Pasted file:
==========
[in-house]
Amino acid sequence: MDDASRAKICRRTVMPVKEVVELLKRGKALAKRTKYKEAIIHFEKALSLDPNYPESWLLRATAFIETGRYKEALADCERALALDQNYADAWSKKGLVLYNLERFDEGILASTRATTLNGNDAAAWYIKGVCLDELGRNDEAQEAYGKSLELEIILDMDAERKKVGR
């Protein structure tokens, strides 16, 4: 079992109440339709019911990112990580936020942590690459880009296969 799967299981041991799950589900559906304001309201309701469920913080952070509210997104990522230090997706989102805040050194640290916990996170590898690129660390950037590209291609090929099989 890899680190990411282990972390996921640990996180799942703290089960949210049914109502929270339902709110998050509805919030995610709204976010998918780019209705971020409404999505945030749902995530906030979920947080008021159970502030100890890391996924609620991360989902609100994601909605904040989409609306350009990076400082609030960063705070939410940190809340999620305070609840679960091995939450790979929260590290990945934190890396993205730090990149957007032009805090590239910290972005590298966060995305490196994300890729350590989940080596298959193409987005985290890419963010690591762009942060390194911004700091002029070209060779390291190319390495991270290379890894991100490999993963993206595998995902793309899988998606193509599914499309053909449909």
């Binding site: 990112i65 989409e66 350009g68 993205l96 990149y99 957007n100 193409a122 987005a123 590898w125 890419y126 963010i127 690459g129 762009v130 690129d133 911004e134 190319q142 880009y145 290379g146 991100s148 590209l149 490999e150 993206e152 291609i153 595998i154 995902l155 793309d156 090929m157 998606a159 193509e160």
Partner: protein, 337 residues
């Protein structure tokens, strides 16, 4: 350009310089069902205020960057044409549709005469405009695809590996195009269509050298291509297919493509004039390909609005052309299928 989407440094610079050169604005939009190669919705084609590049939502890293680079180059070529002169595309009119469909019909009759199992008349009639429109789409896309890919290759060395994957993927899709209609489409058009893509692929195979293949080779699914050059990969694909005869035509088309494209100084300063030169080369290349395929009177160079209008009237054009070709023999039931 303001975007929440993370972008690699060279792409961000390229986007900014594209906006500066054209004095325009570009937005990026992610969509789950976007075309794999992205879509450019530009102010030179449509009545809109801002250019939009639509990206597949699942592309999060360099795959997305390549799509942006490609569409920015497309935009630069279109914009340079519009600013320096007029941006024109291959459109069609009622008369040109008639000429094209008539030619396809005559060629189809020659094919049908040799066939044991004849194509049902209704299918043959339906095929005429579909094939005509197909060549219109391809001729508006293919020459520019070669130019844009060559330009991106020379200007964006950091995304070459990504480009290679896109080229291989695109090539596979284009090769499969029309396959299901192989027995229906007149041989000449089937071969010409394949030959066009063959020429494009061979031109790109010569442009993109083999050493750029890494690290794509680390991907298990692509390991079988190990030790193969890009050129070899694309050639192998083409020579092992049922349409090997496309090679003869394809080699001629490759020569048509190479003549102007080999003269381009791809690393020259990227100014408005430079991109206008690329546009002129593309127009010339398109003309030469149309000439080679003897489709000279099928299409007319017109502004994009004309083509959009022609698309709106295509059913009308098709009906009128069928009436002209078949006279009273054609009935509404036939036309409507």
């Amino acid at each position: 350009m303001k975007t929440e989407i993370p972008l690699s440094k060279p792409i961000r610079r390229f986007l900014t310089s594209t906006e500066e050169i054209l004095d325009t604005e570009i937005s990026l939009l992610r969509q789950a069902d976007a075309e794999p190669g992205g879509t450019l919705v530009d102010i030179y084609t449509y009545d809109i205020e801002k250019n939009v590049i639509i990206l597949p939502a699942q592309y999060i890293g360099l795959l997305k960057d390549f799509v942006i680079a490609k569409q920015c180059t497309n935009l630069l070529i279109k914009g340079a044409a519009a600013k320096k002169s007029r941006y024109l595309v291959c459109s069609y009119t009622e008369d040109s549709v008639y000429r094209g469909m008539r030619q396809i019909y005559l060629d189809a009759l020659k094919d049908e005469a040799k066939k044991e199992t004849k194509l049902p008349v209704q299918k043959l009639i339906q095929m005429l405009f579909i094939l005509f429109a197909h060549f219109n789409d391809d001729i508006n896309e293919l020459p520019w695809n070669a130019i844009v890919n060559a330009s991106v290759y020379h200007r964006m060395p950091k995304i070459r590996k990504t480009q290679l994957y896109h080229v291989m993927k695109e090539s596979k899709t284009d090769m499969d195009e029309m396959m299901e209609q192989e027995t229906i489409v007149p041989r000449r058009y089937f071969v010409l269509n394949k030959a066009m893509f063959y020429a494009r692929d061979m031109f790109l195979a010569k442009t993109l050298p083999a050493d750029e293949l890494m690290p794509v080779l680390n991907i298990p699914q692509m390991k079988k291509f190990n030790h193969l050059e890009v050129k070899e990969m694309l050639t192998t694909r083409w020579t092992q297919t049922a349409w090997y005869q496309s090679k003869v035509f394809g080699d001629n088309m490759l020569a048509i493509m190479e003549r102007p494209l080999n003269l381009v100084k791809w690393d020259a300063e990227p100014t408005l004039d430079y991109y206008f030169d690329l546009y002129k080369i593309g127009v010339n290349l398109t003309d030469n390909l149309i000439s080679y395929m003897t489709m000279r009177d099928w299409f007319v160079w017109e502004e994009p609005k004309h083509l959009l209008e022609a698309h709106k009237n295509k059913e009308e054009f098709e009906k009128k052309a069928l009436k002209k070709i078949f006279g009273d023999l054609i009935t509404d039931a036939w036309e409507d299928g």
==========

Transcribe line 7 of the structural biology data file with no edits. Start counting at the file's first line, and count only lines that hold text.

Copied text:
């Amino acid at each position: 350009m303001k975007t929440e989407i993370p972008l690699s440094k060279p792409i961000r610079r390229f986007l900014t310089s594209t906006e500066e050169i054209l004095d325009t604005e570009i937005s990026l939009l992610r969509q789950a069902d976007a075309e794999p190669g992205g879509t450019l919705v530009d102010i030179y084609t449509y009545d809109i205020e801002k250019n939009v590049i639509i990206l597949p939502a699942q592309y999060i890293g360099l795959l997305k960057d390549f799509v942006i680079a490609k569409q920015c180059t497309n935009l630069l070529i279109k914009g340079a044409a519009a600013k320096k002169s007029r941006y024109l595309v291959c459109s069609y009119t009622e008369d040109s549709v008639y000429r094209g469909m008539r030619q396809i019909y005559l060629d189809a009759l020659k094919d049908e005469a040799k066939k044991e199992t004849k194509l049902p008349v209704q299918k043959l009639i339906q095929m005429l405009f579909i094939l005509f429109a197909h060549f219109n789409d391809d001729i508006n896309e293919l020459p520019w695809n070669a130019i844009v890919n060559a330009s991106v290759y020379h200007r964006m060395p950091k995304i070459r590996k990504t480009q290679l994957y896109h080229v291989m993927k695109e090539s596979k899709t284009d090769m499969d195009e029309m396959m299901e209609q192989e027995t229906i489409v007149p041989r000449r058009y089937f071969v010409l269509n394949k030959a066009m893509f063959y020429a494009r692929d061979m031109f790109l195979a010569k442009t993109l050298p083999a050493d750029e293949l890494m690290p794509v080779l680390n991907i298990p699914q692509m390991k079988k291509f190990n030790h193969l050059e890009v050129k070899e990969m694309l050639t192998t694909r083409w020579t092992q297919t049922a349409w090997y005869q496309s090679k003869v035509f394809g080699d001629n088309m490759l020569a048509i493509m190479e003549r102007p494209l080999n003269l381009v100084k791809w690393d020259a300063e990227p100014t408005l004039d430079y991109y206008f030169d690329l546009y002129k080369i593309g127009v010339n290349l398109t003309d030469n390909l149309i000439s080679y395929m003897t489709m000279r009177d099928w299409f007319v160079w017109e502004e994009p609005k004309h083509l959009l209008e022609a698309h709106k009237n295509k059913e009308e054009f098709e009906k009128k052309a069928l009436k002209k070709i078949f006279g009273d023999l054609i009935t509404d039931a036939w036309e409507d299928g």